As children head back to school during this 4th wave of the COVID-19 pandemic, proper cleanliness and sanitization are critical to ensure the health and safety of students, families, and staff.
Kids across the region and the nation are preparing to head to school. Some for the first time since the pandemic began in March 2020.
This 4th wave is driven by the Delta variant. And while millions of Canadians have protected themselves from the worst of the symptoms through vaccination, the greatest risk is to those who have yet to be vaccinated. And that includes children under 12 who are too young for the shot.
This evolution of COVID-19 demands increased vigilance in cleaning protocols, particularly at our schools. Throughout, it’s been identified that COVID-19 spreads very easily via high-traffic surfaces – doorknobs, light switches, tables, countertops, and the like. At school, where students and teachers are confined together for significant amounts of time, if these surfaces as well as chalkboard erasers and the board, itself, aren’t cleaned, disinfected, and sanitized properly, the risk of infection increases.
We want our kids to be at school! And, they want to be there, too. So, to ensure that we enjoy a greater sense of normalcy even amidst an ongoing pandemic, here is a daily cleaning checklist for the classroom to ensure it continues to be a safe space every day:
Sanitizing high-contact areas – doors, knobs, lights, and more
Even confined to a single space, you can expect students to move about the classroom – you can’t stop it and nor should you. But, that means that students will touch, lean on, have contact with doors, the doorknobs, light switches, the walls, and other surfaces around the room. This is how contamination occurs and the virus is able to spread. Be sure to clean, disinfect, and sanitize all high-contact surfaces before the class begins.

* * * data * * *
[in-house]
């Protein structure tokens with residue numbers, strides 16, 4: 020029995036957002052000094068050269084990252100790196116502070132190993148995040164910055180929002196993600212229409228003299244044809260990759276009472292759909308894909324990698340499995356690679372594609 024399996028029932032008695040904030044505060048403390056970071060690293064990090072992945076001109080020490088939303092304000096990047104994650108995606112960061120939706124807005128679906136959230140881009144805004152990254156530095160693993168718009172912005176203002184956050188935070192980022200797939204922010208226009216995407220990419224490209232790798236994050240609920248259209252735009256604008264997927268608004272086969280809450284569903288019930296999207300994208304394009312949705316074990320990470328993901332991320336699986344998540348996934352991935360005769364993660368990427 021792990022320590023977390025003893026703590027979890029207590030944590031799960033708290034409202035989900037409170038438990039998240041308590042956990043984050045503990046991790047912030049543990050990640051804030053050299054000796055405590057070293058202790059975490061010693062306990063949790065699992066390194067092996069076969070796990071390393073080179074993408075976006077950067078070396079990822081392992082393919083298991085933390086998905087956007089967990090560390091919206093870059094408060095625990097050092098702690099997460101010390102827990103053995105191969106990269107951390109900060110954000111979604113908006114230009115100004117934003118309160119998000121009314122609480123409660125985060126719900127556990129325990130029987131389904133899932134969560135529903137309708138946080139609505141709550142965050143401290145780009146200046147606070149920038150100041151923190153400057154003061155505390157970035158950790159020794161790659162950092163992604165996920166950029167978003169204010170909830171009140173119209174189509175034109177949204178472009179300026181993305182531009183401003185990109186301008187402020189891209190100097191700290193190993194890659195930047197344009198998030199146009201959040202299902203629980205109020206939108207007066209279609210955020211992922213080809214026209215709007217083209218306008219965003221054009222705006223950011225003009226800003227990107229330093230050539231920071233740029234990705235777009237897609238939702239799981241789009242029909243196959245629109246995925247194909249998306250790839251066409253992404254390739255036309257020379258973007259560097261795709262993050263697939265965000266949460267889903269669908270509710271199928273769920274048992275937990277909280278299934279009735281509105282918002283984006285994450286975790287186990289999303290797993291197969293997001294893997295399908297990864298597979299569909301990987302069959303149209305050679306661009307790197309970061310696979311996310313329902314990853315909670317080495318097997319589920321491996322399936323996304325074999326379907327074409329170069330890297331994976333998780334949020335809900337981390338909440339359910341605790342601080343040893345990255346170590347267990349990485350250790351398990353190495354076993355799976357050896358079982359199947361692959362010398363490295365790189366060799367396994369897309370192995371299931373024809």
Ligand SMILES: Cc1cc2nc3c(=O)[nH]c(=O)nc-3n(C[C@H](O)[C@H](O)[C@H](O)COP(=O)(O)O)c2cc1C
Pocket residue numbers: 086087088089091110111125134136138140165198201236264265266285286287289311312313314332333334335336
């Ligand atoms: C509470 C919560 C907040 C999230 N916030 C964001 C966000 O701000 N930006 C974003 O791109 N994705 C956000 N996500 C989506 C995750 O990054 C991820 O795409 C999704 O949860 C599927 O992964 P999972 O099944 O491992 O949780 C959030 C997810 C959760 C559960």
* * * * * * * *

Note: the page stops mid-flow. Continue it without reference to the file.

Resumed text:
One of the most high-touch elements in a room is the doors. Doors and knobs should be a priority when it comes to cleaning and sanitizing. Wipe down – clean, disinfect, and sanitize – other commonly touched surfaces such as the classroom lights and switch plates, windows, window tracks, and blinds. Clean them frequently to prevent infection.
Keep classroom desks and chairs extra clean
Particularly in a junior or high school, where kids interchange classrooms, and therefore desks and chairs throughout the day, vigilant cleaning and sanitizing should be the highest priority. Even for younger students, the level of contact they have each day with their desks and chairs means they can easily accumulate germs and viruses, that can easily be spread.
Consequently, it’s vital that every desk and chair surface is cleaned, disinfected, and sanitized – and thoroughly. Establish a cleaning protocol – an easy system – to simplify the process and make it an organized habit. And don’t forget the teacher’s desk and chair, too! With each visit from a student, the risk of contamination increases.
Clean and sanitize floors for 4th wave safety